- Paperback: 376 pages
- Publisher: Penguin Books (February 1, 1993)
- Language: English
- ISBN-10: 0140170782
- ISBN-13: 978-0140170788
- Product Dimensions: 7 x 1 x 5 inches
- Shipping Weight: 8 ounces
- Average Customer Review: 5.0 out of 5 stars See all reviews (2 customer reviews)
- Amazon Best Sellers Rank: #1,584,292 in Books (See Top 100 in Books)
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Wild Orchids and Trotsky: Messages from American Universities Paperback – February 1, 1993
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From Library Journal
This collection of autobiographical essays, written by those whom Roger Kimball calls "tenured radicals" ( Tenured Radicals , LJ 4/1/90), attempts to open lines of communication regarding the new liberal arts education. The 11 articles and two interviews (with Edward Said and Harold Bloom) represent a group of prominent writers of the new PC (politically correct) humanities departments, which are (according to the authors) maligned by conservatives such as Dinesh D'Souza ( Illiberal Education , LJ 3/15/91), David Lehman ( Signs of the Times , LJ 3/1/91), and the National Endowment for the Humanities. Instead of discussing the decline of humane learning owing to the advance of multicultural studies, feminism, deconstruction, or other ills, the authors explain that a new humanism is emerging as an international doctrine without boundaries by nations or other groupings. This is an interesting compilation of personal testimonies on a controversial subject. The lead article alone, by Richard Rorty, makes this a worthy addition to humanities collections.
- Arla Lindgren, St. John's Univ., New York
Copyright 1992 Reed Business Information, Inc.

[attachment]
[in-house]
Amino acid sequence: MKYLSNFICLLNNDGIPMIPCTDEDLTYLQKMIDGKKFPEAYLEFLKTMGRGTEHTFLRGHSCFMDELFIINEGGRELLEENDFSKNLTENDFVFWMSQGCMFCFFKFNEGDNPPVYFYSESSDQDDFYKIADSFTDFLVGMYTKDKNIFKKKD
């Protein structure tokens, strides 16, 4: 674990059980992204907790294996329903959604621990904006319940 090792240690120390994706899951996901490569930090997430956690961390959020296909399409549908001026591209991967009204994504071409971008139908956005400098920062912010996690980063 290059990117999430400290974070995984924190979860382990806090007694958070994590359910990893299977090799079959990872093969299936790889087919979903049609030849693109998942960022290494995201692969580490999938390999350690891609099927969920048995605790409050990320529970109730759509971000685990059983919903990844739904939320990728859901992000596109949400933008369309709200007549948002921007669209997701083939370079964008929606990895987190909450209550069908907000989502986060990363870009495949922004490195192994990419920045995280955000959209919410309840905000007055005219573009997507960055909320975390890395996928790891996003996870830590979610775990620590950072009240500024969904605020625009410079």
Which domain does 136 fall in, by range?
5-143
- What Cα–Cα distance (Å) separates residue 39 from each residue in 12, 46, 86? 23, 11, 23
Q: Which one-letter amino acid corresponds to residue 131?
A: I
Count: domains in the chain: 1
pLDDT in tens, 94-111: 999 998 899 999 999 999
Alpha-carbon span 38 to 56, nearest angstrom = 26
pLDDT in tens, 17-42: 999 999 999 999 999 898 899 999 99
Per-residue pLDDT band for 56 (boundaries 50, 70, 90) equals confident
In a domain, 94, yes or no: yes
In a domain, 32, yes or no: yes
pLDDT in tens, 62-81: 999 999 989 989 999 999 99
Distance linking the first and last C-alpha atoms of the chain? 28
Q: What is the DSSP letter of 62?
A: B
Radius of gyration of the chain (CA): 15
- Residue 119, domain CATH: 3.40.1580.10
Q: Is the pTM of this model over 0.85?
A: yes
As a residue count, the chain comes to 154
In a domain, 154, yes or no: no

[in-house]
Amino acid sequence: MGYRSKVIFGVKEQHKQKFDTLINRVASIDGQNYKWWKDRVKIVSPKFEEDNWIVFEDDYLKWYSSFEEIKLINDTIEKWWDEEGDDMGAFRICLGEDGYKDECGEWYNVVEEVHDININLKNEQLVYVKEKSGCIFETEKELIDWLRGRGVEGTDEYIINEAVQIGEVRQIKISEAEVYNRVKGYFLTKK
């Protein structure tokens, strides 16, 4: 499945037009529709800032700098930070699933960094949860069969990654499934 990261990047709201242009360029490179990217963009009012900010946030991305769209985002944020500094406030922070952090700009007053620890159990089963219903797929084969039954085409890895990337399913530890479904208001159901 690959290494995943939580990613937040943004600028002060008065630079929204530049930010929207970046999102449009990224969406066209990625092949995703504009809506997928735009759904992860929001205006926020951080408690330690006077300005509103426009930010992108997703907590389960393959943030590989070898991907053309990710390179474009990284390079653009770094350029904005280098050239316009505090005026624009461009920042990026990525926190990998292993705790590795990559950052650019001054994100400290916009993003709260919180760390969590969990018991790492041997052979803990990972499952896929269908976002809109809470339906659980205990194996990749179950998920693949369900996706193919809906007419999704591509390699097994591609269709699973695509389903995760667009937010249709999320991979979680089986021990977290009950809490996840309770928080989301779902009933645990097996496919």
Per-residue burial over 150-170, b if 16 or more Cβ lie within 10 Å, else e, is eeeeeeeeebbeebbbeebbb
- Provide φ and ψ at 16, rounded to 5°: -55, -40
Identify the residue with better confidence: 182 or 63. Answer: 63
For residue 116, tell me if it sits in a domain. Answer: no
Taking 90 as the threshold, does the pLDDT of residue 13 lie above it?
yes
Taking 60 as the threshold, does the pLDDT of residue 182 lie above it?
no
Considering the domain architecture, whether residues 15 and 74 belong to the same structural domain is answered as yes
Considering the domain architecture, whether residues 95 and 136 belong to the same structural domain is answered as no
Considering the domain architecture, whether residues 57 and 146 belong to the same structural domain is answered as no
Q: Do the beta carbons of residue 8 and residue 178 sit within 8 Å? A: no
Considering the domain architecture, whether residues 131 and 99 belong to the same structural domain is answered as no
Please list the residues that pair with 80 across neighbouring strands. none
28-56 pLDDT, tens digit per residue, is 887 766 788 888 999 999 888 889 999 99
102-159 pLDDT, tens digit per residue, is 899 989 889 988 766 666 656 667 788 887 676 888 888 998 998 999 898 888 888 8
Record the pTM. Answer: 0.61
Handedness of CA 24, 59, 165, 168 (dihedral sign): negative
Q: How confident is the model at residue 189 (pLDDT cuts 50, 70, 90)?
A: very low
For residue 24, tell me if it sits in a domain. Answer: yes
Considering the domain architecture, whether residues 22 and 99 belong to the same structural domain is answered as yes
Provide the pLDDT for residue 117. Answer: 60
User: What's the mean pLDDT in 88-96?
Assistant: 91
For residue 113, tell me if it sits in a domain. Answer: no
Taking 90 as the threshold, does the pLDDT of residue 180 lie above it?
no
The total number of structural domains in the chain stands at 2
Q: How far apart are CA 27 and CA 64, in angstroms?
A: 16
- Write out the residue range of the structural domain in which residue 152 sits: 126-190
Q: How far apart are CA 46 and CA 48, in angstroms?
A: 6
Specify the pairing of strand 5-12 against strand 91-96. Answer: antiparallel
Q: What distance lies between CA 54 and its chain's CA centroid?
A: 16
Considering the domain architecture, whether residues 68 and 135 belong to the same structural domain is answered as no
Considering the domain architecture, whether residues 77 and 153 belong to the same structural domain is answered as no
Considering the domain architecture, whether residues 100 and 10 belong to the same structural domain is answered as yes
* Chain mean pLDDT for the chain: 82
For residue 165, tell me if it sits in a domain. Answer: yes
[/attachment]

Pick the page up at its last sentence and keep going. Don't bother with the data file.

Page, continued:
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Top Customer Reviews
Judith Frank teaches both noncanonical and canonical writers. William Kerrigan cites a theory explosion in the study of English in the 1970's. In historical scholarship Kerrigan began to notice that footnotes were thinning. Kerrigan's response to the theory explosion is to love literature and learning and nothing else.
Michael Berube observes that to be engaged by theory is to be engaged by conflict among theories. Berube was liberated by Baktinian emphasis on narrative discourse. Wittgenstein held that the meaning of a word is its use in the language. For Derrida all utterances are dependent on context. Canonicity and neglect are historically significant phenomena according to Berube. He cites the cases of Thomas Pynchon and Melvin Tolson.
Harold Bloom believes that Aristotle ruined Western literary criticism. At one time Bloom read Emerson and Freud concurrently and exclusively. He teaches Freud and Shakespeare. Bloom has said that Updike is a minor novelist with a major style. Bloom has taken over an idea of the agonistic from Burckhardt and Nietzsche.
Susan Fraiman notes that women have been virtually excluded from the canon. A feminist scholar, Susan Fraiman is now teaching at the University of Virginia English department in the midst of a demographic shift in the academy. Edith Wharton has now emerged as an author in her own right, not as a lesser Henry James.
The question is who gets to decide what counts as quality. It is contended there is no evidence that the faculty has abandoned traditional texts. Formerly out groups do not Balkanize themselves in the academy. Eve Kosofsky Sedgwick says gay- lesbian studies is haunted by the suicides of adolescents. Sedgwick speaks of a sort of visceral identification with some kinds of writing. Students have bones to pick with the teachers and each other in the gay and lesbian courses.
Houston Baker Jr. thinks that rap may create new room for new people. Rap is the poetry of youth. It uses the collage style. J. Hillis Miller contends that Matthew Arnold feared anarchy because he experienced it in himself. Arnold always gives the reader the tools to dismantle affirmations. Richard Poirier opines that getting to work in the field of Emerson studies means being actively involved with words.
This is a significant opportunity for the lay reader to look at the current state of literary studies.